God was pleased to use Chaplain Bennett to chronicle much of the grand work in the armies of the Confederacy. There were sweeping movements of the Spirit of God at various times, which he documented. The Confederate Chaplains Corps found that the fields were white unto harvest. Chaplain Bennett tells us about the great in-gathering of souls into the kingdom of God’s dear Son during the period of Federal invasion.

Dr. Bennett was very discerning as his words disclose,

There is a strongly marked difference between armies of invasion and armies of defense. The former are often mere bands of butchers following at the heels of some ambitious leader. But when men fight for country, kindred, and home, they bear a moral character that lifts them above mercenary motives.

He quoted a writer, who wrote in the midst of the war, “We cannot express our feelings while we think of them. Glorious fruits of the grace of God are these men that have been ‘born again’ on fields of blood….”

How wonderful to have such a grand account in The Great Revival which prevailed in the Southern Armies. Bennett’s pen captured the work of God, by way of example:

In the army of General Lee, while it lay on the upper Rappahannock, the revival flame swept through every corps, division, brigade, and regiment. (As one chaplain explained):

The whole army is a vast field, ready and ripe to the harvest…. The susceptibility of the soldiery to the gospel is wonderful, and, doubtful as the remark may appear, the military camp is most favorable to the work of revival. The soldiers, with the simplicity of little children, listen to and embrace the truth. Already over two thousand have professed conversion, and two thousand more are penitent…. Oh, it is affecting to see the soldiers crowd and press about the preacher for what of tracts, etc., he has to distribute, and it is sad to see hundreds retiring without being supplied!

There never seemed to be Biblical reading matter in sufficient supply to satisfy the demand of hungry souls in the trenches and on the fields of valor. The spiritual appetites of the men were great as a result of the visitation of the Lord. Bennett in his volume recorded many instances of the great work of God the Holy Spirit. At this point one such selection that he recorded from the Richmond Christian Advocate (the publication of Bennett’s denomination) will explain briefly this work,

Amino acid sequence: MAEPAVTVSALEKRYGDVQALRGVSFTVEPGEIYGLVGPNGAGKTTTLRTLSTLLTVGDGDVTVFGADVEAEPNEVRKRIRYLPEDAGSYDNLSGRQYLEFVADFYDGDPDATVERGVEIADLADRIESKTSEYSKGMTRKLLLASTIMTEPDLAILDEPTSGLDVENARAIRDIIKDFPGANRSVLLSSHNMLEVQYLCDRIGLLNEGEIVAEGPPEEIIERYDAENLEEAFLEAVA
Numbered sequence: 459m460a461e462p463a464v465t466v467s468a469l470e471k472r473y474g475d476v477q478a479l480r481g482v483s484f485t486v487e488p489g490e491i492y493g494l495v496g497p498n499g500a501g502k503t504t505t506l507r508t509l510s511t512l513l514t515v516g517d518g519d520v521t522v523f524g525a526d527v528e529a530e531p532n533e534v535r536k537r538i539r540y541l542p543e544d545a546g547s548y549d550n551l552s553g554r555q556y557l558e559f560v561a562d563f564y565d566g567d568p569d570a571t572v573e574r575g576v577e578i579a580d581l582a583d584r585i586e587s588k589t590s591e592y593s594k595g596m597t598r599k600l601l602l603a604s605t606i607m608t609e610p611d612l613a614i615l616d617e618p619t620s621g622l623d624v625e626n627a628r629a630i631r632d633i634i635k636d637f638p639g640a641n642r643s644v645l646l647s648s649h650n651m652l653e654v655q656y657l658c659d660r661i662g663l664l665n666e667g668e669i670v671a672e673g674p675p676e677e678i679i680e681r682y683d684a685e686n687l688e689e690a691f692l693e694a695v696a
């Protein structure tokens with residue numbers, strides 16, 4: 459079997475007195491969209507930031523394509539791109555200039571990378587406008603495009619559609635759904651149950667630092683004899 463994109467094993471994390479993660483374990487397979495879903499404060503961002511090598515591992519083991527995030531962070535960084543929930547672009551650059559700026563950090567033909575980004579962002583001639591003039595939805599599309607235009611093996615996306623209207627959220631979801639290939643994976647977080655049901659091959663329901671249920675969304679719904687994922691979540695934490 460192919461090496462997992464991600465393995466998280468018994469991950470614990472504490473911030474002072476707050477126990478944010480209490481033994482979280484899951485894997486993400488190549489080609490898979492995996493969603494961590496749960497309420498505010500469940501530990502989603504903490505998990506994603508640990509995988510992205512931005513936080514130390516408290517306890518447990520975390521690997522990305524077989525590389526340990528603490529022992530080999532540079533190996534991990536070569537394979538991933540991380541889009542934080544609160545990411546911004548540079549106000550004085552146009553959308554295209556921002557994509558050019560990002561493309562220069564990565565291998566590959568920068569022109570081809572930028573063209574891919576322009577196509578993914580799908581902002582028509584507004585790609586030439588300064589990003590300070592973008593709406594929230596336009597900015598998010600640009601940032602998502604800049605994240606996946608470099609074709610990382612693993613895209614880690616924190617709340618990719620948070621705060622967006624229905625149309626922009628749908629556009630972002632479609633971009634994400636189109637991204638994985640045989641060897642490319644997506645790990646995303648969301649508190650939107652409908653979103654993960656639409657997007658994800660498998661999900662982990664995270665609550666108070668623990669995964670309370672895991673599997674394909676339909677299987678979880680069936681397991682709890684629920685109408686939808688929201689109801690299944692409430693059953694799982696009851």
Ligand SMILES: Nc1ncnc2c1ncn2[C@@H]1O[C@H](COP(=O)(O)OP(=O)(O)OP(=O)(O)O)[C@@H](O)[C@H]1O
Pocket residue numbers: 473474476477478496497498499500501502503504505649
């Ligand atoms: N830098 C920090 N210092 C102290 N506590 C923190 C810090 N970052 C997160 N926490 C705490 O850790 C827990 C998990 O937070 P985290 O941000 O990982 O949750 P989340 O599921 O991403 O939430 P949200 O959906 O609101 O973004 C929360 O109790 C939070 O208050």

Not for years has such a revival prevailed in the Confederate States. Its records gladden the columns of every religious journal. Its progress in the army is a spectacle of moral sublimity over which men and angels can rejoice. Such camp-meetings were never seen before in America. The bivouac of the soldier never witnessed such nights of glory and days of splendor. The Pentecostal fire lights the camp, and the hosts of armed men sleep beneath the wings of angels rejoicing over many sinners that have repented.

The people at home are beginning to feel the kindling of the same grace in their hearts. It is inspiring to read the correspondence … between converts in camp and friends at home, and to hear parents praise God for tidings from their absent sons who have lately given their hearts to the Lord.

“Father is converted,” says a bright-faced child of twelve years. “Momma got a letter today, and father says that there is a great revival in his regiment.” The child is too happy to keep her joy to herself. What glorious news from the army is this! This is victory—triumph—peace! This is the token of good which the great King gives to cheer his people. It is the best evidence that prayer is heard, and that the Lord is with us. Let us show ourselves grateful for such grace and “walk worthy of God who has called us to his kingdom and glory.” Let fervent prayer continue and patient faith wait on God, “who is able to do exceeding abundantly above all that we ask or think.”

Immediately following the war Bennett did not miss a beat as he continued serving his Master. The suffering South needed as much as ever the Lord’s care as had the soldiers. Now he went from being a chaplain to being a pastor, which was only a difference in geography. His ministry would be indoors now rather than outside. The Nottoway circuit was where he ministered in 1866 as reconstruction began to rear its monstrous head.